The recent arrest of Faisal Shahzad, the Times Square bombing suspect, has reopened the debate on immigration and national security. Shahzad is an immigrant from Pakistan went to school in the U.S. on a student visa and obtained an H-1B visa in 2002 before gaining citizenship. He slipped through not because of the laxity of our immigration laws, but partly because of their strictness. Immigration authorities’ time would be better spent going after guys like Shazhad, rather than landscapers without the proper papers.
Nevertheless, politicians are seeking to score national security points. For instance, Sen. Joseph Lieberman (I-Conn.) has introduced a bill to strip terror suspects of their citizenship and ship them to Guantanamo. Fundamentally changing the nature of American rules and rights regarding citizenship will do nothing to increase security, and erode civil liberties. So what to do instead?
A more reasonable, sensible, and effective solution is to reexamine our labyrinthine immigration laws.
Under our current immigration system, government regulates, plans, and interferes in astounding amount of minutiae with every group of immigrants. Over 90,000 federal immigration service employees are constantly busy trying to regulate Latino laborers and Indian computer programmers. To exclude those who come to America to work, they conduct workplace raids, man checkpoints in the Southwest, and open shipping containers coming from Asia. The result: fewer paths to legal immigration, a decade-long waiting list for legal entry, and a pervasive black market of undocumented workers.
Most U.S. immigration laws concerning entry regulate labor market participation and familial relations. Instead of wasting scarce security resources on those fruitless and invasive tasks, our government should focus in on real threats like identifying and excluding terrorists and criminals. One reason Shahzad slipped through the system is that the immigration system is designed to regulate labor markets, rather than look for security threats.
There are currently 10.8 million illegal immigrants in the United States, of whom the vast majority has not committed any crime. Their primary offense has been to circumvent our complex immigration laws. Almost all likely would have entered legally given a reasonable option.
Immigrants will continue to come to the United States no matter how strict the border controls because of the enormous opportunities only found here. That is a fact.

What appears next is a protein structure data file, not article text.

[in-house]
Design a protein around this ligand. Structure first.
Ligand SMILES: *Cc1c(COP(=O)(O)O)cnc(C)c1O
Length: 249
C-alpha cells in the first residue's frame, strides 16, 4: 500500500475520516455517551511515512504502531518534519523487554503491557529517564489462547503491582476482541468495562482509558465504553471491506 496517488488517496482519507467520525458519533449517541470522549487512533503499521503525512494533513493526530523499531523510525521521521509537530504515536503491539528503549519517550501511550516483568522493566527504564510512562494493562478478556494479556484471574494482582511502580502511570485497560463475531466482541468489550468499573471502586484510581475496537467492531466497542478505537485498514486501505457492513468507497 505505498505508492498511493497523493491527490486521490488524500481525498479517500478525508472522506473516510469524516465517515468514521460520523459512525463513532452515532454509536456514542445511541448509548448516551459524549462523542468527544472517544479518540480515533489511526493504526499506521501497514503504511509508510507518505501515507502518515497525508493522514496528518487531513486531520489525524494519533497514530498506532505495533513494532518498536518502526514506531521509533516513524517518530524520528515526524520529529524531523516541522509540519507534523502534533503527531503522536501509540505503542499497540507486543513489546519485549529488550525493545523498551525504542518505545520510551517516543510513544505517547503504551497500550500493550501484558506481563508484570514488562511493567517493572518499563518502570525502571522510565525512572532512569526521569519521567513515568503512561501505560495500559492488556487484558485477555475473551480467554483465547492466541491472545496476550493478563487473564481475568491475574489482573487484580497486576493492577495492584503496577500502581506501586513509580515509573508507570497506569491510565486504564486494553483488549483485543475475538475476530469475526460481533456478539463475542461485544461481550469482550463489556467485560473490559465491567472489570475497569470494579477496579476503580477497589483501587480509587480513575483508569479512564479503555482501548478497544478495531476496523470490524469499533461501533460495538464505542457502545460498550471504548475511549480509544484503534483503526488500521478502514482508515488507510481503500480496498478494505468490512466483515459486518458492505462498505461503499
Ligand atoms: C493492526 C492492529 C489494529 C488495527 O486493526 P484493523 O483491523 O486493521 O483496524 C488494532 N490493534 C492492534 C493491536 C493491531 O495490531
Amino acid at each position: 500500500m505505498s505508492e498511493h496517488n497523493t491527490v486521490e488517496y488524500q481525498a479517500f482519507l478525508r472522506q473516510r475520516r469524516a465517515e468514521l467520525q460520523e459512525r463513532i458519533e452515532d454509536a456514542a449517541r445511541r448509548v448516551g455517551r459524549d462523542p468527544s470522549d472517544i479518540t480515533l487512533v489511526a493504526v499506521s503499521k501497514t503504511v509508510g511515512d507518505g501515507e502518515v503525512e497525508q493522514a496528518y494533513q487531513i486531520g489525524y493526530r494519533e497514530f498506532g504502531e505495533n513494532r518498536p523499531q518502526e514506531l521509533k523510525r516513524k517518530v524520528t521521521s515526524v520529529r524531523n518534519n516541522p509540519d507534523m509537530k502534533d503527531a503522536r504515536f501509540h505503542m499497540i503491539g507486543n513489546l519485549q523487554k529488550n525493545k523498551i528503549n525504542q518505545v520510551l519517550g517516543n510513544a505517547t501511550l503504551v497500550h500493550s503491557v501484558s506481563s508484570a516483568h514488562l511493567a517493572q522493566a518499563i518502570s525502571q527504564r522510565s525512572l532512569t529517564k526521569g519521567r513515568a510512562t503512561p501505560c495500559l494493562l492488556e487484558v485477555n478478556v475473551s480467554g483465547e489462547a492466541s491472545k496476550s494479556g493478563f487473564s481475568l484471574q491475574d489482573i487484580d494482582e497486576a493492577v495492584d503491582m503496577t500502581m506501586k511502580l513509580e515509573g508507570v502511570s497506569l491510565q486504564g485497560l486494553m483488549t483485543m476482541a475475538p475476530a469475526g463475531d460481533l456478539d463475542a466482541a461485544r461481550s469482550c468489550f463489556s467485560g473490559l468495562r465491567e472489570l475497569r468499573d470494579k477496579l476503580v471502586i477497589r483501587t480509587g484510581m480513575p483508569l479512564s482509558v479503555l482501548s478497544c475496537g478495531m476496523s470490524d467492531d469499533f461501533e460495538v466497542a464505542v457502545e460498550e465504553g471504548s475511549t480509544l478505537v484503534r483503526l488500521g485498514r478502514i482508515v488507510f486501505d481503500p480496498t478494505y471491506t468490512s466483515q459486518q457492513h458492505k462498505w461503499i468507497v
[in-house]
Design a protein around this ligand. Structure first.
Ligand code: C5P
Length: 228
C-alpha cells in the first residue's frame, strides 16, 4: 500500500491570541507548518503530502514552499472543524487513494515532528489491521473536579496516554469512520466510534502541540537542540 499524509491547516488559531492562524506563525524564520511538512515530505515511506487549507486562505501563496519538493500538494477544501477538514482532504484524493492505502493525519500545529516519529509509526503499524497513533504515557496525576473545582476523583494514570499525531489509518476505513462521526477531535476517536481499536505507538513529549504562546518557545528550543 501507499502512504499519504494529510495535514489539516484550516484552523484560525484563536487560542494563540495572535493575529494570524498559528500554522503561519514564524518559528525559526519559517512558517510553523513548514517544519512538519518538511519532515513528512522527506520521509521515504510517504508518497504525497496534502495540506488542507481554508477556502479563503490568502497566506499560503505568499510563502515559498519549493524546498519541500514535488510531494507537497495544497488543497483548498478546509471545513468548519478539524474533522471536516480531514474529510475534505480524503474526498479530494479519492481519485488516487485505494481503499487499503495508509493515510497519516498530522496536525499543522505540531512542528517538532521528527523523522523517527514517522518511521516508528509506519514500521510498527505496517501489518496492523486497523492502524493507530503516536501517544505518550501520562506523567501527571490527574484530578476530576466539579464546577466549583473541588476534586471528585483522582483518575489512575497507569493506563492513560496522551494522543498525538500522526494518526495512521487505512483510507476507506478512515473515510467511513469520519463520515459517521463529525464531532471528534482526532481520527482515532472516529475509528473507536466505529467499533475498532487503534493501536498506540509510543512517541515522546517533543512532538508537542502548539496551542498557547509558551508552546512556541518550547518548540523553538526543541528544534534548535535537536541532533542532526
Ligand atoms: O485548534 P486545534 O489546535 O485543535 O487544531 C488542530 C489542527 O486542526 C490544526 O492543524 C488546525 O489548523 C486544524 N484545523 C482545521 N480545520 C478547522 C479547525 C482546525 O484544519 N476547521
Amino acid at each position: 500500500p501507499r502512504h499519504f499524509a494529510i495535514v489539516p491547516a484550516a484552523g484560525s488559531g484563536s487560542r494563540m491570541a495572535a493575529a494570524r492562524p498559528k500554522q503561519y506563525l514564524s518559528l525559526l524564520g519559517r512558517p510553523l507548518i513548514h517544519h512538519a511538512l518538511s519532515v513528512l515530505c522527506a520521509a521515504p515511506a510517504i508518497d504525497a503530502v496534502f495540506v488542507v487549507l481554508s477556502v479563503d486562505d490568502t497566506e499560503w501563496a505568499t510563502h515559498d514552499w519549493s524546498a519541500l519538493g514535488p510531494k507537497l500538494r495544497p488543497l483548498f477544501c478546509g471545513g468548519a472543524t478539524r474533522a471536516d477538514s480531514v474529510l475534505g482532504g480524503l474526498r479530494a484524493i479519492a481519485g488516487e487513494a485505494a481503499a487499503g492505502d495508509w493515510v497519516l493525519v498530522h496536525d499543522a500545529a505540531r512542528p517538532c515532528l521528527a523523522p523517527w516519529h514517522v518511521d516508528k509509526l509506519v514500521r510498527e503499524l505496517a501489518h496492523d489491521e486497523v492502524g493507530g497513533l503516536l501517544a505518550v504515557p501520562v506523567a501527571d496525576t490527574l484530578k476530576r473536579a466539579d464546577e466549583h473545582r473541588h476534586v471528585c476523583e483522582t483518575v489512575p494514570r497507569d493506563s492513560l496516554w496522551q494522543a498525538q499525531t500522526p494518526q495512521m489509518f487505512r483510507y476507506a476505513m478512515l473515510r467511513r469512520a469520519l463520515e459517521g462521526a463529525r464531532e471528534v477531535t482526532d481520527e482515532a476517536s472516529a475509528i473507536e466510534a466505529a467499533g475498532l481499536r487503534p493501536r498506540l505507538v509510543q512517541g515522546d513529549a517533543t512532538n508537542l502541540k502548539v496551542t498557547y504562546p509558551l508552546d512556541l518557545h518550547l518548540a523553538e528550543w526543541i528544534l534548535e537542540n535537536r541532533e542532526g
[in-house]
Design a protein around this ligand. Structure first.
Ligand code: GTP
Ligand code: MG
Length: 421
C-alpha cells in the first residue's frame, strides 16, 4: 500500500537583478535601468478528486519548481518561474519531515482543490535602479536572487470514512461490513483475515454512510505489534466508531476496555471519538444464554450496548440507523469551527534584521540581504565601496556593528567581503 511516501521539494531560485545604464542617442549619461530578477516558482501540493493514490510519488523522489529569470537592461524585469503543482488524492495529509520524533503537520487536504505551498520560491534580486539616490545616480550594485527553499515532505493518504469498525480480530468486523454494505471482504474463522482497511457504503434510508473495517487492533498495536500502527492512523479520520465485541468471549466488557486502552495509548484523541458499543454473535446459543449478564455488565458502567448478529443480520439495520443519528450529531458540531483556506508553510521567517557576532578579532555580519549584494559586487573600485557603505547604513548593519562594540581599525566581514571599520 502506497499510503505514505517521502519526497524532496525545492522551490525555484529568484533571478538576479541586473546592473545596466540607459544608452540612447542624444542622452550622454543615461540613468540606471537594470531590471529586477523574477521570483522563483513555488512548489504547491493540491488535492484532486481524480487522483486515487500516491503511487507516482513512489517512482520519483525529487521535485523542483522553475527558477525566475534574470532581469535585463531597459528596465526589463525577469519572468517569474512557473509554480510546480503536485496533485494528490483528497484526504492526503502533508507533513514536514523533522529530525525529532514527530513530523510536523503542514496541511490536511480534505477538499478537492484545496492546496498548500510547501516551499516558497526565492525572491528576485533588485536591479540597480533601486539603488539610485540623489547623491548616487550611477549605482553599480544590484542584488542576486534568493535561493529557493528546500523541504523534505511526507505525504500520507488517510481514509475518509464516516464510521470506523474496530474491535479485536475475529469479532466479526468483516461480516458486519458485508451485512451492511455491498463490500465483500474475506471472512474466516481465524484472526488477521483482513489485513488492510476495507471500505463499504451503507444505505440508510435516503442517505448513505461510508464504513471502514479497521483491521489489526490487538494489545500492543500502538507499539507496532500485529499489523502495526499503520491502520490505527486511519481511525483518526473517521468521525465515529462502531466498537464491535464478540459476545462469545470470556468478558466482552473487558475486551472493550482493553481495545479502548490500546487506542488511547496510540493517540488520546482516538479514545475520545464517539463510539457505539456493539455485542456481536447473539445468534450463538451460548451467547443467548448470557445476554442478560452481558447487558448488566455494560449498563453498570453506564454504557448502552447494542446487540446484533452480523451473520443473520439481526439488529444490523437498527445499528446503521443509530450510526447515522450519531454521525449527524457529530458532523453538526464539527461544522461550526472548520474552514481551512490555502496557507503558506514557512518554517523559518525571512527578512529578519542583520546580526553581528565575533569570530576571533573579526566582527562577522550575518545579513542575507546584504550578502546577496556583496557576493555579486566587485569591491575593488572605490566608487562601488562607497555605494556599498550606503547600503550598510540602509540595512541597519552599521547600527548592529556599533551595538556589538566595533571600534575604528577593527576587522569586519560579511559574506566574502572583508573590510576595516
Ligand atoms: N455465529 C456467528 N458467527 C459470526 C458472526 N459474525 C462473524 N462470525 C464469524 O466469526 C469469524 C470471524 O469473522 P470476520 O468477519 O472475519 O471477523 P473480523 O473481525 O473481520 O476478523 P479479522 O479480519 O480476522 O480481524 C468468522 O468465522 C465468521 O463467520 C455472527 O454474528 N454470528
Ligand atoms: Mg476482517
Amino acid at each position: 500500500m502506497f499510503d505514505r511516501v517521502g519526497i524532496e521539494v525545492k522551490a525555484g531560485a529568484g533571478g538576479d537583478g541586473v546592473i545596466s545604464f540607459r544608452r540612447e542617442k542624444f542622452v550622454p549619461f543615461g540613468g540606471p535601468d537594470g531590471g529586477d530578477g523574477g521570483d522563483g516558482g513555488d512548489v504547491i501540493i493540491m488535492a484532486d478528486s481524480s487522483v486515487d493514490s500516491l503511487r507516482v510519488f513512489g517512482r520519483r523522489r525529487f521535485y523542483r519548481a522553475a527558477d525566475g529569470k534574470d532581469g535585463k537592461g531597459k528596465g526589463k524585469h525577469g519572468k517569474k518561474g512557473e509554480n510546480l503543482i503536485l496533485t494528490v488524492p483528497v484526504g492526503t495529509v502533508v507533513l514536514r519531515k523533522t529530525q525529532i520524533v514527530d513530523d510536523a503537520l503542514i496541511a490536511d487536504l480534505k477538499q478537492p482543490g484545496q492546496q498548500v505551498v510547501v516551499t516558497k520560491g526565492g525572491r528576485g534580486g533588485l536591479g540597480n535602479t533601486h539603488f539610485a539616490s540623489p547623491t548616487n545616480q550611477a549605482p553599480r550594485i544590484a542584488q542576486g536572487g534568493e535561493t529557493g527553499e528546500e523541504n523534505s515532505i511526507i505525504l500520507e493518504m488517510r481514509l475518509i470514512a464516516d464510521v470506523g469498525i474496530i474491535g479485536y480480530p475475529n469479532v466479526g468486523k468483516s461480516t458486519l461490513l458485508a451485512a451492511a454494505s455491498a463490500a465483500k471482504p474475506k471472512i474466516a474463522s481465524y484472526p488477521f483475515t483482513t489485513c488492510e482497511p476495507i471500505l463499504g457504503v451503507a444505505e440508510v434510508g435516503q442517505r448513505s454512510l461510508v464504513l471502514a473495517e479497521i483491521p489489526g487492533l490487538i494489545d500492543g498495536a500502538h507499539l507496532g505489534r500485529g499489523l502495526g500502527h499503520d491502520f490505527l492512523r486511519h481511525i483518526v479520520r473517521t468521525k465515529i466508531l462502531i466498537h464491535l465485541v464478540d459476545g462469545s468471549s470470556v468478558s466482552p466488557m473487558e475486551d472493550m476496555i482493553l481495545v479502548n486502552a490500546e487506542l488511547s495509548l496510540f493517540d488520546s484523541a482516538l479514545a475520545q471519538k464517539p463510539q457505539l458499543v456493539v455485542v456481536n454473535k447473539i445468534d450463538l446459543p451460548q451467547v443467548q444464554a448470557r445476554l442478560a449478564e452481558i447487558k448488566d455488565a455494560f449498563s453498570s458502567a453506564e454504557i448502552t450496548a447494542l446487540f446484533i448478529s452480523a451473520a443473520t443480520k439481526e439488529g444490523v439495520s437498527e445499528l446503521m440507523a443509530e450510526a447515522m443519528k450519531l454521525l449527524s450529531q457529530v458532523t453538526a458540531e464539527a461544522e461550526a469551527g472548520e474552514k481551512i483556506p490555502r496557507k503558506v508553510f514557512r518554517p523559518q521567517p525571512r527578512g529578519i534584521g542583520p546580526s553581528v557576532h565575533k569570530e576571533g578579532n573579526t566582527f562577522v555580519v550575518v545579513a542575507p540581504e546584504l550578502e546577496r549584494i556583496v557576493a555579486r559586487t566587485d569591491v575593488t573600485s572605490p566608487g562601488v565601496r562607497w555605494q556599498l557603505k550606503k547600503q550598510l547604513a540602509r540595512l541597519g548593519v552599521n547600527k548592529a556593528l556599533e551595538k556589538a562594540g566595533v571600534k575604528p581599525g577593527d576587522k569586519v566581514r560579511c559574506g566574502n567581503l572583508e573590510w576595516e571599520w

It is also a fact that the government cannot regulate an underground economy. A way the government could actually regulate these immigrants, and exclude the few that are actual security threats, is to expand the avenues for legal immigration. That will decrease the number of illegal immigrants and instead channel them into a legal market where security can be more effective.
However, dedicated terrorists will always seek ways, legal or illegal, to come into this country, but allowing them to hide camouflaged amongst 10.8 million illegal immigrants in this pervasive black market will only aid them in accomplishing their goals.
Shahzad was on a federal watch list for nine years starting in 1999, three years before getting his H-1B visa. Our government should spend its resources examining those very few foreigners who want to do harm or commit crimes and leave the rest be.
American immigration resources are seriously—even dangerously—misallocated in the era of transnational terrorism. There is a number of potentially very dangerous terrorists who want to do us harm. Taking the threat seriously means looking at every policy solution that can enhance security. Shahzad got as far as he did with his terrorist plot because of the fractious nature of our immigration laws.
Rather than spend more resources trying to address non-risks like foreign laborers and entrepreneurs who want to come to America, we should direct our strained security resources to where they will do the most good. Expanding legal immigration with an eye on security instead of manipulating labor markets would make us safer.
Alex Nowrasteh is a policy analyst at the Competitive Enterprise Institute